Chimpanzees have been caught on camera using fishing rods to gather algae to eat in Bakoun, Guinea.
The chimps were observed engaging in this unusual behaviour at a temporary research site set up as part of the Pan African Programme to investigate chimpanzee culture and behaviour in the wild.
A collection of long sticks strewn across riverbanks and near pools led researchers working on the programme to believe that the chimps were using them as tools.
Site manager of the programme, Anthony Agbor, decided to place camera traps in these areas to see what the chimps were doing with the sticks.
Ammie Kalan of the Max Planck Institute for Evolutionary Anthropology and co-author of the study published in the American Journal of Primatology, says that the tool-use appears to be quite different from what is known from long-term chimpanzee-observation sites in Guinea.
"All age and sex classes of Bakoun chimpanzees were seen in the camera trap videos to successfully fish for algae in a river, stream or pond using woody branches or twigs as fishing rods," Kalan says. "Some Bakoun tools were more than 4m long."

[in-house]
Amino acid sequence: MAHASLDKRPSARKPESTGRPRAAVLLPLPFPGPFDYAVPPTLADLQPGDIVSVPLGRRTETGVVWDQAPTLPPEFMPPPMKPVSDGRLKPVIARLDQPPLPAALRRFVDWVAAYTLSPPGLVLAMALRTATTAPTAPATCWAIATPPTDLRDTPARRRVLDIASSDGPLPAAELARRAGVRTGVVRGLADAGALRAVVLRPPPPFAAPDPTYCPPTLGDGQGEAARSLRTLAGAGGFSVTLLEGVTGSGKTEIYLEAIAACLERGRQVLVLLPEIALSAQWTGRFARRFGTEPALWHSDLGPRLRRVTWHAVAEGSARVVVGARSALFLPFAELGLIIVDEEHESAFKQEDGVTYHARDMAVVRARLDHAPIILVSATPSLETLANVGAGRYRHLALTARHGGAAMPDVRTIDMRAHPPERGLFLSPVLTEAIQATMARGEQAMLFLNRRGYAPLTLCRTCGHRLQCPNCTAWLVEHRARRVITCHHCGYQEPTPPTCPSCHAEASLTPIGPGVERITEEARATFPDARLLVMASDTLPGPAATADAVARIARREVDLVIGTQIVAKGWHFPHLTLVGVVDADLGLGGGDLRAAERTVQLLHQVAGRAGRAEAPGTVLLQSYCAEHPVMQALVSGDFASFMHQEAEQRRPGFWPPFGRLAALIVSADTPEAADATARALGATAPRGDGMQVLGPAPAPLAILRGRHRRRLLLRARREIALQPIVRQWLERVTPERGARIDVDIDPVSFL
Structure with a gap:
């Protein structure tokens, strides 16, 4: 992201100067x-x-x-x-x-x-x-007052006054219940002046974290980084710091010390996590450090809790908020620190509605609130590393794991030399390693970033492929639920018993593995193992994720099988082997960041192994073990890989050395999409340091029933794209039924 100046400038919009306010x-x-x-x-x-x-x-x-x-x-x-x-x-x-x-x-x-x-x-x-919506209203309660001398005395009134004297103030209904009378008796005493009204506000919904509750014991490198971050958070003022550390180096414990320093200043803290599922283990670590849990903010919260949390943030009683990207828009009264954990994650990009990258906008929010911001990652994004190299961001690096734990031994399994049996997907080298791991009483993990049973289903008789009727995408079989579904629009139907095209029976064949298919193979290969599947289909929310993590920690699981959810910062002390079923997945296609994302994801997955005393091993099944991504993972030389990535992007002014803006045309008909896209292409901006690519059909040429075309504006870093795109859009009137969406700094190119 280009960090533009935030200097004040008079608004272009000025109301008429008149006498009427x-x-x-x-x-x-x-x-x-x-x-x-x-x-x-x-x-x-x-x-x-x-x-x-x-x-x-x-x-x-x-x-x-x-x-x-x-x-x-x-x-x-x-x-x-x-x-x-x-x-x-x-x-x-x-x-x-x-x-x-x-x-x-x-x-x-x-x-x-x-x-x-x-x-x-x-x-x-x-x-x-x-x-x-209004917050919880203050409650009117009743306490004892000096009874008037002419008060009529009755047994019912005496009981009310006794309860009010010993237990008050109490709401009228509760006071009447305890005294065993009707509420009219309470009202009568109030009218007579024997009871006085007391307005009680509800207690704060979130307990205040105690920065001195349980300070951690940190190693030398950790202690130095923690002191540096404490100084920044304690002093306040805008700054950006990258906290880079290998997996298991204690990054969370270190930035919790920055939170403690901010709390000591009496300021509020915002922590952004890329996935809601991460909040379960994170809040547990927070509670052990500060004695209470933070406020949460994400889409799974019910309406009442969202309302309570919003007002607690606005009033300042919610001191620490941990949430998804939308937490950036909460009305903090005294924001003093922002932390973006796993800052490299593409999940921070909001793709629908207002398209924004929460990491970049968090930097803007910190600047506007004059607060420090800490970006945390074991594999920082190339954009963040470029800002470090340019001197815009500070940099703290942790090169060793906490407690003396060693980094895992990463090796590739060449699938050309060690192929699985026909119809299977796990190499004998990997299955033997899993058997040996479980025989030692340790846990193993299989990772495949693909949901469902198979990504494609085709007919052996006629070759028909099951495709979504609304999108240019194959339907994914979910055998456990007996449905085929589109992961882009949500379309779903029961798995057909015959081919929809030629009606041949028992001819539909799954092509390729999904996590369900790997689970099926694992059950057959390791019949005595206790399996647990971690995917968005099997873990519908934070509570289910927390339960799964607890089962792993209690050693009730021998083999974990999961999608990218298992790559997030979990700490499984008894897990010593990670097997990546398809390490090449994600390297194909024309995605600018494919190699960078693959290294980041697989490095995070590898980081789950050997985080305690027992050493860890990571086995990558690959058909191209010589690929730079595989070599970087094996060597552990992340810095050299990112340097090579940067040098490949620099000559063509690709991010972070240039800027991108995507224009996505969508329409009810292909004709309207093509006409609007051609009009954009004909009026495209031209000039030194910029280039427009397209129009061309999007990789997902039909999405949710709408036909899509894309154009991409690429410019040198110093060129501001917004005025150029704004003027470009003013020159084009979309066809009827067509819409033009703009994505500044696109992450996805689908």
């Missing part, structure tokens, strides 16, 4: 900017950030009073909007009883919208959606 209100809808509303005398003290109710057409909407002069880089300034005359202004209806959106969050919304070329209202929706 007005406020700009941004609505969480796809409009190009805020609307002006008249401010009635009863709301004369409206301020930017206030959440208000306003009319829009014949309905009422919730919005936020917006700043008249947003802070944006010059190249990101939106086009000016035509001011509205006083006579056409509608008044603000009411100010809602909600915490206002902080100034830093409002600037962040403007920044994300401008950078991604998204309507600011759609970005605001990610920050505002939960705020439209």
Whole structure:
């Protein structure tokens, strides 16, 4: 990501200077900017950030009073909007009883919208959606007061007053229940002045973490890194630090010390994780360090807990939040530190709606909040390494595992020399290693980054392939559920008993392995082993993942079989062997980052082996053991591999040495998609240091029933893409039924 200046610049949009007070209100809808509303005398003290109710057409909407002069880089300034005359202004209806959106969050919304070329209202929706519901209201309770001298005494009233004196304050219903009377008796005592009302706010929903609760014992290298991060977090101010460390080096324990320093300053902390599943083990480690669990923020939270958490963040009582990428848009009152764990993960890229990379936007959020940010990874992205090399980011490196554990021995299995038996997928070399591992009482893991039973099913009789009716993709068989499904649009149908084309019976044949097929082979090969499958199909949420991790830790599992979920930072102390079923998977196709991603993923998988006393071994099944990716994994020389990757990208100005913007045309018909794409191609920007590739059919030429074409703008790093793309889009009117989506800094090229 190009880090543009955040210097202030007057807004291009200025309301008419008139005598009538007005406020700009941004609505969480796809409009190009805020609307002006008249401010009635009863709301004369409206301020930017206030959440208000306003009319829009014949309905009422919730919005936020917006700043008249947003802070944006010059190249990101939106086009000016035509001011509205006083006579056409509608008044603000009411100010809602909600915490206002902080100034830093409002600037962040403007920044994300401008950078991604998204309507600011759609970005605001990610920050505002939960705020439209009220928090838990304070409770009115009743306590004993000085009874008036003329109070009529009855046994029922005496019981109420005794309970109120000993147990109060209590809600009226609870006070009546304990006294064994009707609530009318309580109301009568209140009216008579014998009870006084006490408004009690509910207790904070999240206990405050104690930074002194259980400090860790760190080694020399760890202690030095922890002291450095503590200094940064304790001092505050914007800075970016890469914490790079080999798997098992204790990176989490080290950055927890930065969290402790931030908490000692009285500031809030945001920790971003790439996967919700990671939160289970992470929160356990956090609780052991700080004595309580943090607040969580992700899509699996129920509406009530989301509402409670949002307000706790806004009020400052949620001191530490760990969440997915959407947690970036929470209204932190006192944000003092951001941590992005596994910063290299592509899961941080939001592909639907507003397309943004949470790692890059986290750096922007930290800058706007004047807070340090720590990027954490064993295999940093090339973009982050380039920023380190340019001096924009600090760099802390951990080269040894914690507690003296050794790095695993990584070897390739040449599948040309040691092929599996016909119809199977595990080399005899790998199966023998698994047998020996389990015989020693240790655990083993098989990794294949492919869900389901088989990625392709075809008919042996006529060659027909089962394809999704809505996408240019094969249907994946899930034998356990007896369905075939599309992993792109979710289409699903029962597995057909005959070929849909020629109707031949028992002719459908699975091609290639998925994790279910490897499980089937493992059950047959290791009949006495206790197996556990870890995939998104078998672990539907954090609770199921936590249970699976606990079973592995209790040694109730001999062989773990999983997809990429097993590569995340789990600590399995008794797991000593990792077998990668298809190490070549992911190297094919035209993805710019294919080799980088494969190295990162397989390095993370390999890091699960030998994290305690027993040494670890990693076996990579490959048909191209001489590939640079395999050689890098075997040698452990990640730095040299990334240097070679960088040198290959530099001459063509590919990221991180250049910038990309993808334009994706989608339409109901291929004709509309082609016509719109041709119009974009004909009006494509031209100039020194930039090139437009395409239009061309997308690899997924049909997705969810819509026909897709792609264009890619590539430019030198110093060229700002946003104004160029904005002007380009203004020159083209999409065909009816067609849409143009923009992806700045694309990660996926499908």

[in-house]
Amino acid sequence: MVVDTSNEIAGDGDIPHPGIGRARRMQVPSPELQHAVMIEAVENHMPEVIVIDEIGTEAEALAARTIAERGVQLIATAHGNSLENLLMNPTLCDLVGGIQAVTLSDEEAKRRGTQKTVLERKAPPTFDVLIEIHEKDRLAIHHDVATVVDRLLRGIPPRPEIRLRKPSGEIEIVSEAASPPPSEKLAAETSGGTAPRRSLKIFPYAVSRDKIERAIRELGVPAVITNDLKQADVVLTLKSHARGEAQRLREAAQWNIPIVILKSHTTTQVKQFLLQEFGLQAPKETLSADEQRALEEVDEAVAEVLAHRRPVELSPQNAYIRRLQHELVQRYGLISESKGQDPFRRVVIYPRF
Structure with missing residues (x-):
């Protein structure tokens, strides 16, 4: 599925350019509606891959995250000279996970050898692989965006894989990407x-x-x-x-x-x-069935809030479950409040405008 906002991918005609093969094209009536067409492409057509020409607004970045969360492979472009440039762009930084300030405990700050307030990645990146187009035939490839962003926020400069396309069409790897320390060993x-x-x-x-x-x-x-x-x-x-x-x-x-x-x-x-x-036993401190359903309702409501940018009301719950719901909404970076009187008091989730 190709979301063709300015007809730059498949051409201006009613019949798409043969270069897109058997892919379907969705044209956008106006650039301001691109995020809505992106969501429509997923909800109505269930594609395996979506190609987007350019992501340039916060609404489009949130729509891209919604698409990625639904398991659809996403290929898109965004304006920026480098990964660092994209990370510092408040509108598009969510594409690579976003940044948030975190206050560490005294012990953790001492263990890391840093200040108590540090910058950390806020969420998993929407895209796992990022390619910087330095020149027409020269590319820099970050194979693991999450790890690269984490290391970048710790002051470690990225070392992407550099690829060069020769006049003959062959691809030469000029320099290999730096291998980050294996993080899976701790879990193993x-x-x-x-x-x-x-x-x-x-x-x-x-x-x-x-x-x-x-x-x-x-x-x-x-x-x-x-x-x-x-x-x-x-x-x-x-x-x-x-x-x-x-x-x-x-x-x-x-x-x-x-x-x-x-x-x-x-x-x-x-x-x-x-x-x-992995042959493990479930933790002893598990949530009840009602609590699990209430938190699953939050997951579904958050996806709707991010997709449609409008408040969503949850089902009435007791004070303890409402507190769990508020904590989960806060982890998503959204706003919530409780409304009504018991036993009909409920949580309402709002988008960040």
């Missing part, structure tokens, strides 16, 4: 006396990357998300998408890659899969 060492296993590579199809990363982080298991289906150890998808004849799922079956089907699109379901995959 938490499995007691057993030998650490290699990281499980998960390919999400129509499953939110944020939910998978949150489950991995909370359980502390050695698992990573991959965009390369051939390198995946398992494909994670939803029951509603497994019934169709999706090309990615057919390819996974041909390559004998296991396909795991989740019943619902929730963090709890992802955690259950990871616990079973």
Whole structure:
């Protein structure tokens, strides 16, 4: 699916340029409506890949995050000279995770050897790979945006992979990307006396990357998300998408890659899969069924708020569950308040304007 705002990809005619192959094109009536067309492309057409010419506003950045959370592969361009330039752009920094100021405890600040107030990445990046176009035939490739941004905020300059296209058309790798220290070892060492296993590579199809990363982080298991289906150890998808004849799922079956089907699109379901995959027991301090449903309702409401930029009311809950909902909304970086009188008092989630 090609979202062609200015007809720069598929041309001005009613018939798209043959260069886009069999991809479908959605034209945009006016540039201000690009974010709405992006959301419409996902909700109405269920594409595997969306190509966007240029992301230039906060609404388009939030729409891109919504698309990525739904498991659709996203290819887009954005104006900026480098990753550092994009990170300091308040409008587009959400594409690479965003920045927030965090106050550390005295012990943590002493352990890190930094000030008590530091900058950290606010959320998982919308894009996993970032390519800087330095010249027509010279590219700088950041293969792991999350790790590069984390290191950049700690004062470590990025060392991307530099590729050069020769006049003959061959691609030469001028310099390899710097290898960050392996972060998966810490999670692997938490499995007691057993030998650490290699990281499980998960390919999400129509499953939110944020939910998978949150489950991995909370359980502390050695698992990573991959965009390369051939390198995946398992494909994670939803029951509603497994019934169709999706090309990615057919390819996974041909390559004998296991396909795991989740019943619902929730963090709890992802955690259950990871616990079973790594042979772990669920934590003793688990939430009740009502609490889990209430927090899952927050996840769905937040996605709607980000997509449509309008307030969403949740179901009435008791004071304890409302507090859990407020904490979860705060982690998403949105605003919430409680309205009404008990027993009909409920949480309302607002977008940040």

A new way of studying chimps
Wild chimps have been under observation at long-term research sites for almost 60 years – but opening up research into new, temporary observation points has led to discoveries of new behaviours. "The PanAf project represents a new approach to studying chimpanzees and will provide many interesting insights into chimpanzee demography and social structure, genetics, behavior and culture," says Hjalmar Kuehl of the Max Planck Institute for Evolutionary Anthropology and the German Centre for Integrative Biodiversity Research.
Previous research by the PanAf group includes documenting unusual stone-throwing behaviour among the chimpanzees.
Chimpanzees have also been seen collecting algae at Bossou in Congo. However, at the Bossou site the algae collects at the water surface rather than growing at the bottom of stream beds as it does in the Bakoun site in Guinea.
"The ecology of the particular algae growing at each site may drive the types of tools necessary to harvest the algae," says Christophe Boesch, also of the Max Planck Institute for Evolutionary Anthropology. "We suggest that the algae probably provide an important nutritional benefit to the chimpanzees at Bakoun, especially during the dry season when chimpanzees were observed to fish algae for up to an hour at the same spot."